July 24, 2010
America’s wars on Iraq and Afghanistan are taking a toll on US soldiers, as the latest statistics show one out of every nine American soldiers leaves the army on a medical discharge due to a mental disorder.
“We have 100,000 troops and a third of them suffer some sort of mental health disease and half of those suffer multiple health disease,” Paul Martin from Peace Action told Press TV’s correspondent.
The army alone saw a 64 percent increase in those forced out due to mental illness between 2005 and 2009, the numbers equal to one in nine of all medical discharges.
According to army statistics, last year alone 1,224 soldiers suffering from mental illnesses, such as post-traumatic stress disorder, received a medical discharge.
According to Mental health experts there is a growing emotional toll on the US military which has been fighting for seven years in Iraq and nine years in Afghanistan, and there is a clear relationship between multiple deployments and increased symptoms of anxiety, post-traumatic stress disorder and depression.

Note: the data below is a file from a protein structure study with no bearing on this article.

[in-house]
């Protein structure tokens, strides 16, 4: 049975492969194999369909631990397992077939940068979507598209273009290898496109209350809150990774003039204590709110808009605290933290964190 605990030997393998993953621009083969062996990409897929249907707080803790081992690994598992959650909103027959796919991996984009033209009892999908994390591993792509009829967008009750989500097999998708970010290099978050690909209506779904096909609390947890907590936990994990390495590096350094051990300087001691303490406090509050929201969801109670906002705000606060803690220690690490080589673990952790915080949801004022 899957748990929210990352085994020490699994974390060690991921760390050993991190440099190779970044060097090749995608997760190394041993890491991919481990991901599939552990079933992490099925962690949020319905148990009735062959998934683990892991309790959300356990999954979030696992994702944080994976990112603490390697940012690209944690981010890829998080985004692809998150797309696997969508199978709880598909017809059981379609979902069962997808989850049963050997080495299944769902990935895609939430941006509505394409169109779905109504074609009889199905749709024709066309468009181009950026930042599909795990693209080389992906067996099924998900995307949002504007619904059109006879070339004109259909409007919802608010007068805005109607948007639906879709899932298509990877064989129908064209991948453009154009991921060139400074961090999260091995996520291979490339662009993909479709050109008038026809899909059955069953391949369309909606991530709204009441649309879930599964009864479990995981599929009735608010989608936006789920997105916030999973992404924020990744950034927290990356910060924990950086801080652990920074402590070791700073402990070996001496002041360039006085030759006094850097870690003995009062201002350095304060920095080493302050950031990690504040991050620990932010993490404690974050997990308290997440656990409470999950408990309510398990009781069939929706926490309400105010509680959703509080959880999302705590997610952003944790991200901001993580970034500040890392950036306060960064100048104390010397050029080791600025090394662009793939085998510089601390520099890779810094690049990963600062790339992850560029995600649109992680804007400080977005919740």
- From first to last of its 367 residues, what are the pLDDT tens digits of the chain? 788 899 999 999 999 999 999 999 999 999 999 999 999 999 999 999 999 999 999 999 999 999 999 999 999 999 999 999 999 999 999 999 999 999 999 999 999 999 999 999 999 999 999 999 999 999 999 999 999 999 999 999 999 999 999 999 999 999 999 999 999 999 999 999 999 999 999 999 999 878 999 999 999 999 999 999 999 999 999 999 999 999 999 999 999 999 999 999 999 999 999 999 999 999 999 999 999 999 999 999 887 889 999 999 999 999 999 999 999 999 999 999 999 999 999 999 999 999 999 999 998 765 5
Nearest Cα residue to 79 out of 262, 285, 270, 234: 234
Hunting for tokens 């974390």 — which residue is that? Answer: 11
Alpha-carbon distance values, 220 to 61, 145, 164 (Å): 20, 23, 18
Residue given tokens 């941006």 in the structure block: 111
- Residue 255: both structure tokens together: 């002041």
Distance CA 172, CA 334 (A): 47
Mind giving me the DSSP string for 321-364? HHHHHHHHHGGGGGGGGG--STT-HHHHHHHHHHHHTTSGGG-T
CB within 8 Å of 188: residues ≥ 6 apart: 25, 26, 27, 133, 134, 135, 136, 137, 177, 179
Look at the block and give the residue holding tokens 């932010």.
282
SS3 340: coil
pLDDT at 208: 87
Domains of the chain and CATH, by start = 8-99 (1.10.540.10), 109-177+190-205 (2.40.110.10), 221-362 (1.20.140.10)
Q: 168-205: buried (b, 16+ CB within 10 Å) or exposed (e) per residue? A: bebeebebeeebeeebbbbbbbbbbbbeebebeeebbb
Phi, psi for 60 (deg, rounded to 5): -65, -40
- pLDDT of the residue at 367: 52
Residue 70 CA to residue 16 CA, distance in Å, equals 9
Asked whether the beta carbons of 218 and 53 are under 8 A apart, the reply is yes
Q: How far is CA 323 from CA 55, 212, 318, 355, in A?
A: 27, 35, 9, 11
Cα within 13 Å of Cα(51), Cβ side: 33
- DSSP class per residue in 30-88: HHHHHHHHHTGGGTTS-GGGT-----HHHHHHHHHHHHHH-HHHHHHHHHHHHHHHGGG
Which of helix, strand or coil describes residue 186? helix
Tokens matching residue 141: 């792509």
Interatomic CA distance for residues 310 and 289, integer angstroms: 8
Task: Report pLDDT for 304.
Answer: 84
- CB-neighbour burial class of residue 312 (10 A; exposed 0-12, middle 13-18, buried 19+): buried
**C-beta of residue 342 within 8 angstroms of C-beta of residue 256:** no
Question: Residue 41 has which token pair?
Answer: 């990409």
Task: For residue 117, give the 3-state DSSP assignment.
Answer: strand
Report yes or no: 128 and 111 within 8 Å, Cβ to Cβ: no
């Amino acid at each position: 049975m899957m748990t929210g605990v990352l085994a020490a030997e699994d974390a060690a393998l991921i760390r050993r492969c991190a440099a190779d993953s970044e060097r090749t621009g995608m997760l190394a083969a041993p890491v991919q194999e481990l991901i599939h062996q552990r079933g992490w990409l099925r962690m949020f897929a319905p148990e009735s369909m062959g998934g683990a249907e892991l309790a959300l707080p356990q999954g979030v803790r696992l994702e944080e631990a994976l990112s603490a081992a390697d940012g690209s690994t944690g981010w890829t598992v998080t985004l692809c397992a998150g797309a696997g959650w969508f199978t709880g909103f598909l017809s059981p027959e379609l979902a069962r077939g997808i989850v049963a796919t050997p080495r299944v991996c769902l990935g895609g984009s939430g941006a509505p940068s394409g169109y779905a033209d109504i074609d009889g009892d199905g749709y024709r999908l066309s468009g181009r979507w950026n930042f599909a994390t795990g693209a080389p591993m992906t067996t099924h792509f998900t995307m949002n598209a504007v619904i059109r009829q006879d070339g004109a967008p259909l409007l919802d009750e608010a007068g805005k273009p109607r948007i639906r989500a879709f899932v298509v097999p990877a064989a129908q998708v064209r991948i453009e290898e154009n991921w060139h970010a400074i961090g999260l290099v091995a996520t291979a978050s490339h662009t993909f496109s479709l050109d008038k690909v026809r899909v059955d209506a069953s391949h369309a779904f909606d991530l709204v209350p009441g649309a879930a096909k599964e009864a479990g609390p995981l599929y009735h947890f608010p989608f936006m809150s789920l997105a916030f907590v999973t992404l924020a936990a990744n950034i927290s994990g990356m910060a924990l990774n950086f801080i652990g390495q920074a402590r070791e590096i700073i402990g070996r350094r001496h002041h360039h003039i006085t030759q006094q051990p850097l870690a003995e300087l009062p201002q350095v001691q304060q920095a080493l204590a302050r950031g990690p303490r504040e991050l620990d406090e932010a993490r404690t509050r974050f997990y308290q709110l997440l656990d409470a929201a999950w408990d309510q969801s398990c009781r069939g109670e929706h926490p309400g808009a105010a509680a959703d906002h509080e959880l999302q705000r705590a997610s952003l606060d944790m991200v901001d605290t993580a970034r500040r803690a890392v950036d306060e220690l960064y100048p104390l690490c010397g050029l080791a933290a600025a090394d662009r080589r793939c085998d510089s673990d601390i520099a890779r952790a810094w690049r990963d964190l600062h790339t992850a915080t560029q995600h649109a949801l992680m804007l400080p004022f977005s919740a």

Some experts say age is also a factor.
“We are talking young people — 18 to 24-year-olds, who are seeing the horrors of war,” Martin said.
Analysts are concerned that with budget cuts looming, military medical programs will be the first on the chopping block.
The soldiers who are discharged for having both a mental and physical disability increased by 174% during the last 5 years from a little under 1,400 in 2005, to more than 3,800 in 2009, according to army statistics.
The suicide rate among US soldiers serving in Iraq and Afghanistan has escalated to a record high, with an average of one suicide per day in June.
According to US Army statistics, a total of 32 soldiers took their own lives last month, making it the worst month on record for Army suicides. Twenty-one were on active duty, with the rest being among National Guards or Army Reserves in an inactive status, CNN reported earlier in July.
This article was posted: Saturday, July 24, 2010 at 5:36 am